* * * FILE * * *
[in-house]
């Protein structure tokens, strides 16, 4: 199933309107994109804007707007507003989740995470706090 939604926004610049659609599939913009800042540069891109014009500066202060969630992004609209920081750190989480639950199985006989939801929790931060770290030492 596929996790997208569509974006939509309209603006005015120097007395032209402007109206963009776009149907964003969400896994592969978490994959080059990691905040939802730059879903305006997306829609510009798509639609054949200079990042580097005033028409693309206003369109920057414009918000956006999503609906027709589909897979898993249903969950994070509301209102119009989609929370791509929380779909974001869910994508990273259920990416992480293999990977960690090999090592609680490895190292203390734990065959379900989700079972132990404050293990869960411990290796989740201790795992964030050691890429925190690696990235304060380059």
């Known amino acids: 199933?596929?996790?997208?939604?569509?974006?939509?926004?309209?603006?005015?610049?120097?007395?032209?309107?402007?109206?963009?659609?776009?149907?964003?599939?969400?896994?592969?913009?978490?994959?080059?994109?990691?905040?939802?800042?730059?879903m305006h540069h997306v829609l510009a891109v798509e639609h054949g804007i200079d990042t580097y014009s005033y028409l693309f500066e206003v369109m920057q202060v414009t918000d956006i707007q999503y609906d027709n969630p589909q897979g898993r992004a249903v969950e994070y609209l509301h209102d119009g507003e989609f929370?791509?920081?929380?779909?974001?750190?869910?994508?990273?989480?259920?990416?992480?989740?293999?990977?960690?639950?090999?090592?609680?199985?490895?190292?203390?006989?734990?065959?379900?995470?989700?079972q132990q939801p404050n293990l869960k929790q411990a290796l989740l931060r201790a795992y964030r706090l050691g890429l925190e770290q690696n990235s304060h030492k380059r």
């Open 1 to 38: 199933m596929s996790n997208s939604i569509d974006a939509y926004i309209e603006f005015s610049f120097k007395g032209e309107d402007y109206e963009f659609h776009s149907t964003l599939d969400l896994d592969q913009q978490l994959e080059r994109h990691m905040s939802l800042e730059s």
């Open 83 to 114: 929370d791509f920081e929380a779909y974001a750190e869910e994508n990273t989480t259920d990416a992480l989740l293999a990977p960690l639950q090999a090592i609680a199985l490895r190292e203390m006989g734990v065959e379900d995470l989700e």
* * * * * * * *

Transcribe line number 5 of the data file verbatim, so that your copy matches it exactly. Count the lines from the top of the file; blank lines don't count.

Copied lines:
């Open 83 to 114: 929370d791509f920081e929380a779909y974001a750190e869910e994508n990273t989480t259920d990416a992480l989740l293999a990977p960690l639950q090999a090592i609680a199985l490895r190292e203390m006989g734990v065959e379900d995470l989700e």